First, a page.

Supreme Court Dispatches


The Supreme Court melts down over greenhouse gasses.

If there is anything stranger than writing up your story on global warming in a T-shirt … in late November … in the District of Columbia, I can’t quite think what it is. In fact nothing about this morning’s oral argument, in Massachusetts v. Environmental Protection Agency, is normal. The justices are perhaps deciding, after all, the most urgent scientific question facing the planet: They are deciding Bush v. Gore’s Movie.

Section 202 of the Clean Air Act empowers the federal government to regulate “any air pollutant” that may “reasonably be anticipated to endanger public health or welfare.” In 1998, during Clinton’s presidency, the Environmental Protection Agency determined that the CAA gave it the authority to regulate carbon dioxide. In 1999, environmentalist groups petitioned the agency to regulate CO2 emissions from new cars and trucks, because they contribute to global warming. But in 2003, now under the Bush administration, the EPA denied this request, arguing, among other things, that it lacked authority to regulate greenhouse gases because they aren’t “air pollutants” as defined by the statute. The EPA also said it wouldn’t regulate CO2 emissions because of the “scientific uncertainty” of their effect on climate change.

Massachusetts and 11 other states, plus three cities and a host of environmental and health organizations, filed suit challenging this decision. Ten states and a group of trade associations lined up behind the EPA. In July of 2005, the United States Court of Appeals for the D.C. Circuit found for the EPA in a fractured decision with three different theories. One judge found that the EPA had the authority to regulate these emissions but properly declined to do so, in light of scientific uncertainty and other policy judgments. A second found that Massachusetts and its friends lacked standing to bring this suit; they couldn’t show they’d been particularly harmed by global warming, since it’s just generally harmful to everyone. And the third judge, David Tatel, dissented, arguing that the EPA should be cracking down on these emissions already. When the D.C. Circuit Court of Appeals declined to rehear the case en banc, Tatel warned that “if global warming is not a matter of exceptional importance, then those words have no meaning.”

Massachusetts Assistant Attorney General James Milkey begins this morning with the assurance that “we are not asking the court to pass judgment on the science of climate change or to order EPA to set emission standards.” He is promptly pinioned by Justice Antonin Scalia, who thinks the petitioners lack standing because “standing requires imminent harm.”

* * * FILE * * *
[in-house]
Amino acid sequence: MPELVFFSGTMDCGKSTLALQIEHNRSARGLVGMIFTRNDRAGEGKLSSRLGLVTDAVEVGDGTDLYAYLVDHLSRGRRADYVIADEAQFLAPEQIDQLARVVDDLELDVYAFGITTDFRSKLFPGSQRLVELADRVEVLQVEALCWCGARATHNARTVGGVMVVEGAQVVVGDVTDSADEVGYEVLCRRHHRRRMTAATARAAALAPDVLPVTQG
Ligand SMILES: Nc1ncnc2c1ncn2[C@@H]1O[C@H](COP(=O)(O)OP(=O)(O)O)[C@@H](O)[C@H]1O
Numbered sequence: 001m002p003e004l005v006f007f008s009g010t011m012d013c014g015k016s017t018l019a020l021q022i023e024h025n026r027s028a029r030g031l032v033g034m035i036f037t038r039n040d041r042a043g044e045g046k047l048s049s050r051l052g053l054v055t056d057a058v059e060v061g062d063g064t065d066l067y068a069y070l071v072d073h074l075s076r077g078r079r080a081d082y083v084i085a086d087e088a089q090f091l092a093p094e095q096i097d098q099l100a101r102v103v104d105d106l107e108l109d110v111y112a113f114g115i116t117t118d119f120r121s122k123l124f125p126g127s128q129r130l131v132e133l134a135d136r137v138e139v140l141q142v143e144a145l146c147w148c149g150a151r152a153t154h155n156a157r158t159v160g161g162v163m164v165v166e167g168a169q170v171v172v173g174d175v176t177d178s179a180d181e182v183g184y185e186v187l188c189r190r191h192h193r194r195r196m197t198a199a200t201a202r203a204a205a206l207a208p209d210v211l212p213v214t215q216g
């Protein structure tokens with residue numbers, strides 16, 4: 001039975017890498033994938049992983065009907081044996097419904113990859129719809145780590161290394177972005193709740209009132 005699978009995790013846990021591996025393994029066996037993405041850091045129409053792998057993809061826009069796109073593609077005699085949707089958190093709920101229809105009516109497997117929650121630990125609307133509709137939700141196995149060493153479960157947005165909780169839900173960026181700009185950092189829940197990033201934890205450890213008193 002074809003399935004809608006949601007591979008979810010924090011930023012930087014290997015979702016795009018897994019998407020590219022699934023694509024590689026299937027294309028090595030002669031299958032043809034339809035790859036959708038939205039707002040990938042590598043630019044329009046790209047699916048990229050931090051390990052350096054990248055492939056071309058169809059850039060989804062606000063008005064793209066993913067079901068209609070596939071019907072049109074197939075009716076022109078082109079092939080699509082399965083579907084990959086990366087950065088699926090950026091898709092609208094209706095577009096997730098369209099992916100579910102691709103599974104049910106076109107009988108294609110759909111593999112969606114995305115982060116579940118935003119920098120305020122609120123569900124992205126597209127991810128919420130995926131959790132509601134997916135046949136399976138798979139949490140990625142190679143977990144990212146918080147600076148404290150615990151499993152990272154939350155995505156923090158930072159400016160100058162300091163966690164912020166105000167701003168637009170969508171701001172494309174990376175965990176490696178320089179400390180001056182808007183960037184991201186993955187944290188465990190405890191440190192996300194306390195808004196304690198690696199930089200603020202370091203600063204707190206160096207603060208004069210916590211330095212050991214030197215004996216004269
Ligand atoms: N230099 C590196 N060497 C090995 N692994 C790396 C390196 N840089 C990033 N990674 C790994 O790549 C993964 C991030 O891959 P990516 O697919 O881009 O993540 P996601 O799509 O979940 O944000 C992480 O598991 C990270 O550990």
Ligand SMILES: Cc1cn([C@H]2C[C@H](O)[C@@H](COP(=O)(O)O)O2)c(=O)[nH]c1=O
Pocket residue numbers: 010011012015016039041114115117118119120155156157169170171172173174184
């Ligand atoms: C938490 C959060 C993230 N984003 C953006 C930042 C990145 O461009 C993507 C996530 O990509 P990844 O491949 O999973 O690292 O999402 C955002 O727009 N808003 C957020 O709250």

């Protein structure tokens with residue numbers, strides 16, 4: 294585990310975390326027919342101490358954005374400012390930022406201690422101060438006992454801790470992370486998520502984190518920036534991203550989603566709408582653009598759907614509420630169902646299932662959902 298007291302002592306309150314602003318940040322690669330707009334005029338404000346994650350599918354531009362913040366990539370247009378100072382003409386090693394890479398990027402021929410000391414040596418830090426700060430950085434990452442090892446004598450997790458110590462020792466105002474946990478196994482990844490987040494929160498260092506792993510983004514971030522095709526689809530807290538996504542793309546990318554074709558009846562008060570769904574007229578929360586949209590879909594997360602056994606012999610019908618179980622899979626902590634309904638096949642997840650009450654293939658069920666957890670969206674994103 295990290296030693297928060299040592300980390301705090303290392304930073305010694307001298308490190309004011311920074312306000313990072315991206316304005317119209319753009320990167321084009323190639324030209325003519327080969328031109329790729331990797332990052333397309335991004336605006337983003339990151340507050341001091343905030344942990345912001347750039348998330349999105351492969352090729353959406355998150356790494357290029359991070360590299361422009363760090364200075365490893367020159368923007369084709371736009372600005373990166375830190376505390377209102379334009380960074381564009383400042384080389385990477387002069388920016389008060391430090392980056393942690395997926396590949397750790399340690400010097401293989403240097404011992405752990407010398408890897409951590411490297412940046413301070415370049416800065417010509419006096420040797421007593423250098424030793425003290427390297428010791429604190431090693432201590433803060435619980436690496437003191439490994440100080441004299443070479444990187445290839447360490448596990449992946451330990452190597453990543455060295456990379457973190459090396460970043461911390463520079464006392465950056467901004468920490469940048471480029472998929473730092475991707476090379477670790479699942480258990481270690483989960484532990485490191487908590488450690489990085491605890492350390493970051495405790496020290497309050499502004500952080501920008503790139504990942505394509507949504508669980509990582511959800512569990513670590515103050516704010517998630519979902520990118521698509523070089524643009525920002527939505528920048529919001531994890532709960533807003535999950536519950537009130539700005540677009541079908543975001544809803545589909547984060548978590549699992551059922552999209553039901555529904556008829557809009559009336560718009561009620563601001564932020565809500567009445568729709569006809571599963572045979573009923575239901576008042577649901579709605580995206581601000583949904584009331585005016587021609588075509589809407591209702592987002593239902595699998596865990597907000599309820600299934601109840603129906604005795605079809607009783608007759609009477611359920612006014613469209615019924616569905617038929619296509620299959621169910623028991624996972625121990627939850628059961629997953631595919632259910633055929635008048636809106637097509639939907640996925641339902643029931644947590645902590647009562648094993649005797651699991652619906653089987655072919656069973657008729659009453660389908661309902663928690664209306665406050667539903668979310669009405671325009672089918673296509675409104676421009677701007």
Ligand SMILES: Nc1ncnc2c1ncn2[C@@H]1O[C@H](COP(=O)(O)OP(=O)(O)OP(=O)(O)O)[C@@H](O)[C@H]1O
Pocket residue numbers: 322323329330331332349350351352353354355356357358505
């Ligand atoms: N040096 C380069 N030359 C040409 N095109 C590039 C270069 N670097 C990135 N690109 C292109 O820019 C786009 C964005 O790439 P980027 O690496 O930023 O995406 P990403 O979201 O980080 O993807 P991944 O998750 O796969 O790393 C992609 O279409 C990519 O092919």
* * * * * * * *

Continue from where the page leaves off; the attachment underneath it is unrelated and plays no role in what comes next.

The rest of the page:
“When,” asks Scalia, “is the predicted cataclysm?” Milkey says that global warming is an “ongoing harm”—not something that “springs up in 2110,” but “once these gases are emitted into the area … the laws of physics take over.”

When Scalia retorts that only 7 percent of the CO2 emissions are attributable to American cars in the first place, Milkey politely notes that in fact it’s only 6 percent. Scalia says that it would take a few years to reduce that 6 percent even to 5.5 percent. Milkey offers the equivalent of the argument that if even one baby penguin can be saved …

Justice Anthony Kennedy remarks that while he appreciated Milkey’s “reassuring statement that we need not decide about global warming in this case, in fact the court must do that” to get to the standing issue. Because, as he puts it, “there is no injury if there is no global warming.” Milkey says that the reality of global warming is not really disputed in this case. Both sides agree it exists.

Chief Justice John Roberts—whose distaste for the baby penguins, the polar ice caps, and anything else sought by the state of Massachusetts today knows no bounds—characterizes the scientific reports in this case as “spinning out conjecture on conjecture” about how EPA regulations might lead to technological changes and regulations by other countries.